4. You've been loosening up your colors and getting a little bit more whimsical with your drawing and painting work. Is this something you'd like to pursue more heavily or are you just experimenting?

I am experimenting with pushing color further in my work. I think this is the start of me trying to separate myself from old habits. For a class assignment, we could only use two colors and couldn’t use the actual colors we saw. It resulted in some really eerie landscapes which were very intriguing and vastly different from my usual style. I think if there’s one thread that connects all my pieces it’s vivid color choices. Even in my more neutral pieces, I try to pull out as much color as I can. This thread will most likely continue as I don’t plan on switching to black and white anytime soon.

5. You've also been venturing into sculpture/accessory making, has this been an exciting venture beyond painting and drawing? Is this something you'd like to pursue further?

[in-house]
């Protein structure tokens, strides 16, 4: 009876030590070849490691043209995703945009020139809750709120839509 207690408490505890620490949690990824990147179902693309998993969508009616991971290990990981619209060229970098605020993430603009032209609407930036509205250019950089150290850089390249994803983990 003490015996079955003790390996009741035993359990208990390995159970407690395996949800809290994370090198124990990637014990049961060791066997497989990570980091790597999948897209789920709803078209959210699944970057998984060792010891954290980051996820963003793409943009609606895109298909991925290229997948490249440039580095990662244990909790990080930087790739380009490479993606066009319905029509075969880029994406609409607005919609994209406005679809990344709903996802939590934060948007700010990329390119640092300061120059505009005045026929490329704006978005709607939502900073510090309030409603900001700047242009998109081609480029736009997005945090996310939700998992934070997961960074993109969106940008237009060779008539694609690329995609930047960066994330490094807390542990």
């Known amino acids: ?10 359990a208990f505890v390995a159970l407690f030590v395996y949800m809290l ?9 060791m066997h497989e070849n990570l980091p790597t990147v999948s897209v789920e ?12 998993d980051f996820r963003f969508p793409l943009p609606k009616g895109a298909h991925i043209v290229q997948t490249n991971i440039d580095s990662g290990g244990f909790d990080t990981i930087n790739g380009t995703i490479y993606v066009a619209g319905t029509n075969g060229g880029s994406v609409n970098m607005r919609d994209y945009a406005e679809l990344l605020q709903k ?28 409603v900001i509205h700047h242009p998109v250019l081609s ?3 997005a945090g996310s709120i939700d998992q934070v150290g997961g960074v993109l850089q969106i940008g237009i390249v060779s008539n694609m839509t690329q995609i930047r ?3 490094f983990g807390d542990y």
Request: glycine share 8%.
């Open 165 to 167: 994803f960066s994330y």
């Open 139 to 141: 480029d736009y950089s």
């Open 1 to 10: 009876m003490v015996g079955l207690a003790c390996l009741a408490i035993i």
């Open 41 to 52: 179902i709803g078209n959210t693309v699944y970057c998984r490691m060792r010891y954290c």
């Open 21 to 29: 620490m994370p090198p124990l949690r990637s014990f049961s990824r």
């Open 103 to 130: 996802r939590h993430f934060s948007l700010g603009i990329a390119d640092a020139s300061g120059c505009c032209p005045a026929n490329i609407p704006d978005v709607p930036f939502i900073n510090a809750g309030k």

My grandpa was a jeweler and inventor. When I was younger I was unfamiliar with the process of working with metal, so it always felt distant to me. I have vivid memories of sifting through his tools and trinkets--hidden treasures buried throughout his workshop. Something about his whimsical creations inspired me to explore accessory making. I’ve recently been learning to create jewelry through the Tyler metals program and really enjoying it so far! Something that I always felt was lacking with painting is not being able to interact with or touch the work. Jewelry provides this tangible aspect which I find appealing. If I could find a way to incorporate painting into my jewelry, I would definitely pursue that path further and see what I can make of it.

6. As a Tyler student you're in the midst of this online art school experiment during these crazy times, how has it been for you so far? How has the student-professor and student-student dynamic shifted? Just tell us about the experience.